Road Trip to the Natural Wonders of Western and Central New York

Road Trip to the Natural Wonders of Western and Central New York

From Niagara Falls to Watkins Glen
Dave Parfitt

Mesmerizing and soothing, waterfalls are some of nature’s most stunning creations, and there are hundreds of them carved into the glacial landscape of Western and Central New York. Fall is the perfect time to visit these natural wonders, with the autumn glow highlighting the abundant cascades. Start with New York’s most famous waterfalls, in Niagara Falls and then leisurely wind your way throughout the countryside on this waterfall and natural wonder road trip.

Start – Niagara Falls State Park

If the national parks were America’s Best Idea, then Niagara Falls State Park was New York’s Best Idea. Established in 1885, it’s the oldest state park in the country, created by noted landscape architect Fredrick Law Olmsted (also designer of New York City’s Central Park). Niagara Falls State Park is filled with vistas that are ever-changing throughout the seasons. This park’s 400 acres allows visitors to experience the natural essence of the falls as well as some classic American attractions.

First, head to the free Observation Tower for a spectacular view of American and Bridal View Falls with Horseshoe Falls in the distance. Then, descend in the elevator to an attraction almost as famous as the falls themselves – the Maid of the Mist boat tour, in operation since 1846 and now using electric ferries. Brace yourself aboard the ship’s deck and enjoy a ride directly into the whitewater spray itself.

Next, take in Niagara’s power on a hike to the Cave of the Winds. Wooden walkways and staircases affixed to the walls of the Niagara Gorge lead to a “Hurricane Deck” buffeted by tropical storm-force winds and water. Is it fun? Fun doesn’t do it justice. Let the rush of the purifying water wash your stress away.

After encountering Niagara’s fury during the Maid of the Mist tour and Cave of the Winds walk, dry off, decompress and contemplate the park’s beauty and the foresight of preserving this swath of nature. Board one of the State Park trolleys that guide you deeper into the park, hopping on and off to explore Terrapin Point, Three Sisters Island, gardens, walking paths and the sublime serenity of the land.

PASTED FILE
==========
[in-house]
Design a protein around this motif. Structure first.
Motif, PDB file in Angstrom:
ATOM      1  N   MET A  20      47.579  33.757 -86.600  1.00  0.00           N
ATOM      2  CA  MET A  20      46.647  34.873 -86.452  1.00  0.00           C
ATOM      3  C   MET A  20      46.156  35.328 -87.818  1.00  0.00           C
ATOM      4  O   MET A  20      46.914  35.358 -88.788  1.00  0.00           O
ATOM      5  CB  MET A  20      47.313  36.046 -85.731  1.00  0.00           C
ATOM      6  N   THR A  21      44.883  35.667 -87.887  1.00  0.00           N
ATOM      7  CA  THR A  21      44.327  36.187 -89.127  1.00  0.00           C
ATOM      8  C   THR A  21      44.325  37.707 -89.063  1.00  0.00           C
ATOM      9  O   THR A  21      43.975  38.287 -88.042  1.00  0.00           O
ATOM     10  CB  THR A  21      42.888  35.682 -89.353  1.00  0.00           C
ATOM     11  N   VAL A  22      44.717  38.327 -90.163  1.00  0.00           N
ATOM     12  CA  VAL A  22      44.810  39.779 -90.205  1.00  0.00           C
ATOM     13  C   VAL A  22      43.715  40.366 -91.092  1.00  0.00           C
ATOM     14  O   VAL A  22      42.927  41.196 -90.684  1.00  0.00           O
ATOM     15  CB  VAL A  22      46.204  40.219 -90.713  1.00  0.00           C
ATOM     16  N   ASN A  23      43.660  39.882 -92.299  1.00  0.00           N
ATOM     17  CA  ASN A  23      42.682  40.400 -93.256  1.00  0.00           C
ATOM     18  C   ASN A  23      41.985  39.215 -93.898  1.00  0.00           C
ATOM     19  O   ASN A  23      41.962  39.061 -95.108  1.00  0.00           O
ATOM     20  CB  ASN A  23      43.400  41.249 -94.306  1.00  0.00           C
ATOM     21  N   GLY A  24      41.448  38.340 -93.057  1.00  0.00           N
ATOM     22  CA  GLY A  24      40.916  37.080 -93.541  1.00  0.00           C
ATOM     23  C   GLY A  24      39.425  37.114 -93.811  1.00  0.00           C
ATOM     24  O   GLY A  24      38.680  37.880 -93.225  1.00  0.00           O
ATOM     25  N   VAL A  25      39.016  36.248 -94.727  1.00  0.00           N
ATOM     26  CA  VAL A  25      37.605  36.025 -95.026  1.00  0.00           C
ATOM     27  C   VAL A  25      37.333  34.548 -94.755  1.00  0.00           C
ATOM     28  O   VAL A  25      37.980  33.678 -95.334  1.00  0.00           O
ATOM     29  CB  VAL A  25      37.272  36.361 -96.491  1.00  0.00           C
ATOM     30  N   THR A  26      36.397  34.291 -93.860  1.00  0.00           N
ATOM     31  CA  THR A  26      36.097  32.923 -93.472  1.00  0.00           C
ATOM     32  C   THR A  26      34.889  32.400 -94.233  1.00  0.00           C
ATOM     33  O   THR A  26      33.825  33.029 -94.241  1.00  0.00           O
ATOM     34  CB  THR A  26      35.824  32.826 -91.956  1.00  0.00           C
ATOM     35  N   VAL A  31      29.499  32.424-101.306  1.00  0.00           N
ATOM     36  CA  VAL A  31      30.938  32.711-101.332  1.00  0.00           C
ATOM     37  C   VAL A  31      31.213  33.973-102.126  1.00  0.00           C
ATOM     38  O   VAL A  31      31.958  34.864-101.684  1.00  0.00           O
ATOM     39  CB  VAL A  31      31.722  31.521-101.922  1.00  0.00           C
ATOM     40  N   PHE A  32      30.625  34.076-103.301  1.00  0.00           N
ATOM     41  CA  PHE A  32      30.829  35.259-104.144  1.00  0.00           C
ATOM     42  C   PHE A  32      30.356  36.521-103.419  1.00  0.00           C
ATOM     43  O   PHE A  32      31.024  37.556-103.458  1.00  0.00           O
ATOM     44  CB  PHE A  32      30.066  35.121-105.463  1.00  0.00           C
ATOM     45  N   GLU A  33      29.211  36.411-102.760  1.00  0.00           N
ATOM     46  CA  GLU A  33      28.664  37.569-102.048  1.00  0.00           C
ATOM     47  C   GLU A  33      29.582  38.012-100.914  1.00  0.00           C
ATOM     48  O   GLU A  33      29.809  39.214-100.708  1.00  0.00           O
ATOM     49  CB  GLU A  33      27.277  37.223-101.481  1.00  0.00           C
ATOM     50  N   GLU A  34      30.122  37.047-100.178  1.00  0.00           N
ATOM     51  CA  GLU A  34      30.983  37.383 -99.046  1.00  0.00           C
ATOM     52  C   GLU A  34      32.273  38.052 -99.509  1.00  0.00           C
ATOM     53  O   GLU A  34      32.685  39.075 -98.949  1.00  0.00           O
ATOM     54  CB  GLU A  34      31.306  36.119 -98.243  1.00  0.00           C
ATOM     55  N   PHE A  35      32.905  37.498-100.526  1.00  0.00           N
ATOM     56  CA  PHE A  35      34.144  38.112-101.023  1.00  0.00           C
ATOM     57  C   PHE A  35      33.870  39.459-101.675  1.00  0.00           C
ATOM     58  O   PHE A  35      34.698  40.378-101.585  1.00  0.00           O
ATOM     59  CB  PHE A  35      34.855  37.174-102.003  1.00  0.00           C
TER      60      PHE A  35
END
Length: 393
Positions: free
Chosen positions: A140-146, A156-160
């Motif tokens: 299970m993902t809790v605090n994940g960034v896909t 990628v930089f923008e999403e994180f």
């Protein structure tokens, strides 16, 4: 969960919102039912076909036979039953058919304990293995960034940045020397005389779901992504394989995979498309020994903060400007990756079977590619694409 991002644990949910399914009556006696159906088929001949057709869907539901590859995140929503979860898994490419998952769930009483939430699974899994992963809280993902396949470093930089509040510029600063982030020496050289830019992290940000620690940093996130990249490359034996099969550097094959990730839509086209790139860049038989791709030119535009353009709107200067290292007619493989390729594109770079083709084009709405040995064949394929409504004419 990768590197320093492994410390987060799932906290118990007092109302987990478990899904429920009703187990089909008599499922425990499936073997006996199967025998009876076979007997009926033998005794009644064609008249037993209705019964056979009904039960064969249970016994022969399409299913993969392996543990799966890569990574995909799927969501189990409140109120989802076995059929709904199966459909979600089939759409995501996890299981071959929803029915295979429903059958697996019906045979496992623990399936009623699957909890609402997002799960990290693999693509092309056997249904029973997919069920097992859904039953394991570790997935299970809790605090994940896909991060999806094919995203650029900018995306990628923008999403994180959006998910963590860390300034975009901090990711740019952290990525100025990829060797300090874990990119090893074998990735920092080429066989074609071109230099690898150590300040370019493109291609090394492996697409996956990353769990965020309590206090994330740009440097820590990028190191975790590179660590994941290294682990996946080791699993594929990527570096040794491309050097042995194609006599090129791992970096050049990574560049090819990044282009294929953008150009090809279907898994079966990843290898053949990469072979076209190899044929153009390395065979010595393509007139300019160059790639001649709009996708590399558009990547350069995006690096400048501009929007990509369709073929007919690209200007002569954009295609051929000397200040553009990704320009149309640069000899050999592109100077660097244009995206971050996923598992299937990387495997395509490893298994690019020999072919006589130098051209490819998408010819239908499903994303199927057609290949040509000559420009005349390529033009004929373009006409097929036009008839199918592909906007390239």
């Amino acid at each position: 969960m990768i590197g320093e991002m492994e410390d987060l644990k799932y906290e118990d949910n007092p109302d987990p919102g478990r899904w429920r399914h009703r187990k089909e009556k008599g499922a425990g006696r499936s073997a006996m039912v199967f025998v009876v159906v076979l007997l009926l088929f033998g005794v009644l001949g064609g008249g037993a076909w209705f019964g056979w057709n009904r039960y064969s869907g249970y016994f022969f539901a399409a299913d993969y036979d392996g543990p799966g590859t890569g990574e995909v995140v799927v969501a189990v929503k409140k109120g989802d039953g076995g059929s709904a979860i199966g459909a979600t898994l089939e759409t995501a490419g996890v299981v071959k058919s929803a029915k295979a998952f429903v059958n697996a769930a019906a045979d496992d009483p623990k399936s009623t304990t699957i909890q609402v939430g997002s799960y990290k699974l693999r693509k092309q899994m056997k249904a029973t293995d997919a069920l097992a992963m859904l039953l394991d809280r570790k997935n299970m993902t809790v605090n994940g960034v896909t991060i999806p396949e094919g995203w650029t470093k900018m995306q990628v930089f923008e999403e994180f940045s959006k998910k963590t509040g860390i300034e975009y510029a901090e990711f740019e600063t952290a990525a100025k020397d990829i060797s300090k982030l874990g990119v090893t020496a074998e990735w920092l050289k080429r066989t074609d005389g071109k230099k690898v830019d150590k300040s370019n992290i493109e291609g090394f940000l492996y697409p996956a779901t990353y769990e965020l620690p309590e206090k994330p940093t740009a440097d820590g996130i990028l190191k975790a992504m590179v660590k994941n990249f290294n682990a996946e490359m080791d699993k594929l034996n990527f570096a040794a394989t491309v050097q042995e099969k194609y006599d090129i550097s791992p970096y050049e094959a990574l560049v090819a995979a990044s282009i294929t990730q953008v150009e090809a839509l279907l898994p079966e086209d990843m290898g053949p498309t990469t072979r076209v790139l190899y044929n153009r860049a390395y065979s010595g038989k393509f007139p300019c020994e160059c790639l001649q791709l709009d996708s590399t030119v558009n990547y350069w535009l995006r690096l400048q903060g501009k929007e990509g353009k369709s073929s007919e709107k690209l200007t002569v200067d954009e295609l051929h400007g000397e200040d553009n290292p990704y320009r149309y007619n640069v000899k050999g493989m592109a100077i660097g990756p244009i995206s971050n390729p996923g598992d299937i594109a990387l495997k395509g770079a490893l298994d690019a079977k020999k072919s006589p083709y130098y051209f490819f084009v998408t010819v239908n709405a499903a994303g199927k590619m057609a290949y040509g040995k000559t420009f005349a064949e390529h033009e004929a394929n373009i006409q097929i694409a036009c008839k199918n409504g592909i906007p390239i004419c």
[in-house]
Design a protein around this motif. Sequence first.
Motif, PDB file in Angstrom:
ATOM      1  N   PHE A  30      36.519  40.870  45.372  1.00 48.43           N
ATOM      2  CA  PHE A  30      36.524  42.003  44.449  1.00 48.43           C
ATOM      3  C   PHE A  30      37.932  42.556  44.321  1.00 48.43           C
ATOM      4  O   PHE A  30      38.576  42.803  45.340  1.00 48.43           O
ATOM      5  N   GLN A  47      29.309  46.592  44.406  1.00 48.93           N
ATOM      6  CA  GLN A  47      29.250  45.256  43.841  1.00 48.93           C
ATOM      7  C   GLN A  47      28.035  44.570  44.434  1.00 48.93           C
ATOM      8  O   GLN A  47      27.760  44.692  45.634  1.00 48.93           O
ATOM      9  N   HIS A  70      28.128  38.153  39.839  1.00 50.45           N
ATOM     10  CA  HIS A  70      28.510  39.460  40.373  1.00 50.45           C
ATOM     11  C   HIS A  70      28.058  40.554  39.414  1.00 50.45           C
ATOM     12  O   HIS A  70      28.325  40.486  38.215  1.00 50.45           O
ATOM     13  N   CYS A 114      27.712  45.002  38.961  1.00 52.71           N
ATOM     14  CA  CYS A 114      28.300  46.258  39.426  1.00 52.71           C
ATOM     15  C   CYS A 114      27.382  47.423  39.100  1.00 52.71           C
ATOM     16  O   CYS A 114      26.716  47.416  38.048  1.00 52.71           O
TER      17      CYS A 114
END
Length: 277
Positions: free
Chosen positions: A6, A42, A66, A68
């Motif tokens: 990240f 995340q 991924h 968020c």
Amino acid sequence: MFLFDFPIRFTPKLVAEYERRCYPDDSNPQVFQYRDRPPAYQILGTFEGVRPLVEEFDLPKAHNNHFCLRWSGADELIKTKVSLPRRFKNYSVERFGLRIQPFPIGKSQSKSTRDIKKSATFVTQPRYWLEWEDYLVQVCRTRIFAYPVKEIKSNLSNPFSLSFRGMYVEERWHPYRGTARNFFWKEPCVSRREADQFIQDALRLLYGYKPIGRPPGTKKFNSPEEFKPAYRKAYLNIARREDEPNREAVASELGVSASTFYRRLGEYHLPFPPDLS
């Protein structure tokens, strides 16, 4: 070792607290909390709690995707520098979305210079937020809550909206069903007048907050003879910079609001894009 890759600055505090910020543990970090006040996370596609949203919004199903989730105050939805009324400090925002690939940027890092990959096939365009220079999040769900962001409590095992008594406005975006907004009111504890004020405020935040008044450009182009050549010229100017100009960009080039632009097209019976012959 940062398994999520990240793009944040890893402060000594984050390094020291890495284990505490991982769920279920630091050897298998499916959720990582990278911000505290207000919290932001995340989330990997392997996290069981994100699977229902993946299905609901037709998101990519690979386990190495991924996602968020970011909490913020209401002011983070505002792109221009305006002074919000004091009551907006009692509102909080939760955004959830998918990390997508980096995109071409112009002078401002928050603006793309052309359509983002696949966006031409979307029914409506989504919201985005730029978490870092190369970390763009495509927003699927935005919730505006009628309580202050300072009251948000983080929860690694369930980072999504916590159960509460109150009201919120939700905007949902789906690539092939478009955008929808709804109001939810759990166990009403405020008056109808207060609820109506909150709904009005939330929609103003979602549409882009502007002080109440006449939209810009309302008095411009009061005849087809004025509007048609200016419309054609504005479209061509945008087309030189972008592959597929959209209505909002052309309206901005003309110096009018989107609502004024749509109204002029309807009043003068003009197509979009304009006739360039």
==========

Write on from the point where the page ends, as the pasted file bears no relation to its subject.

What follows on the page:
Next – Drive from Niagara Falls State Park to Letchworth State Park (~80 miles)

From Niagara Falls State Park, head southeast to Letchworth State Park. Dubbed the “Grand Canyon of the East,” Western New York’s Letchworth State Park is a scenic area where the Genesee River heads north while dropping over multiple waterfalls. Over 400 million years, the Genesee carved a deep gorge with 600-foot walls made of layered shale mixed with limestone and sandstone.

The Seneca people, stewards of the land for centuries, believed the beauty of the falls inspired the sun to stop at midday in admiration. The Depression-era Civilian Conservation Corps left its mark on Letchworth State Park from 1933 to 1942, constructing multiple camps, roads, bridges, shelters and cabins still in use today. One of the most scenic areas in the eastern United States, Letchworth State Park contains over 66 miles of hiking trails, whitewater rafting and kayaking and hot-air balloon rides.

Finish – Drive from Letchworth State Park to Watkins Glen State Park (~80 miles)

After visiting Letchworth’s gorge, head east to Watkins Glen State Park near the southern tip of Seneca Lake. Watkins Glen is the gem of the New York State Park system. In this park, a waterway carves no less than 19 waterfalls over the course of two miles in a narrow gorge with 200-foot tall walls. The best way to view the park’s features is by hiking the stunning Gorge Trail, which winds past and above the waterfalls before culminating with a “backside of water” view of the 50-foot-tall Cavern Cascade.

This pristine area of Watkins Glen has a long history dating back to the Seneca people. In 1794, the Watkins family purchased 325,000 acres of land to establish a number of mills along the creek. Midway through the Civil War, the Glen opened as a natural tourist attraction, eventually achieving international prominence. Mark Twain described Watkins Glen as a “poem of nature” in his 1872 book “Roughing It.” Eventually New York State purchased the land, and Watkins Glen Park opened (free of charge) to visitors in 1907.

After hiking the Gorge Trail and North Rim loop, head into the town of Watkins Glen to cool off with some of the best homemade ice cream in the Finger Lakes area at Colonial Inn and Creamery. Those looking for a place to rest after this natural wonders road trip should head to the Watkins Glen Harbor Hotel. The AAA 4-Diamond Hotel sits on the shore of Seneca Lake and offers spacious, comfortably elegant rooms overlooking the water.


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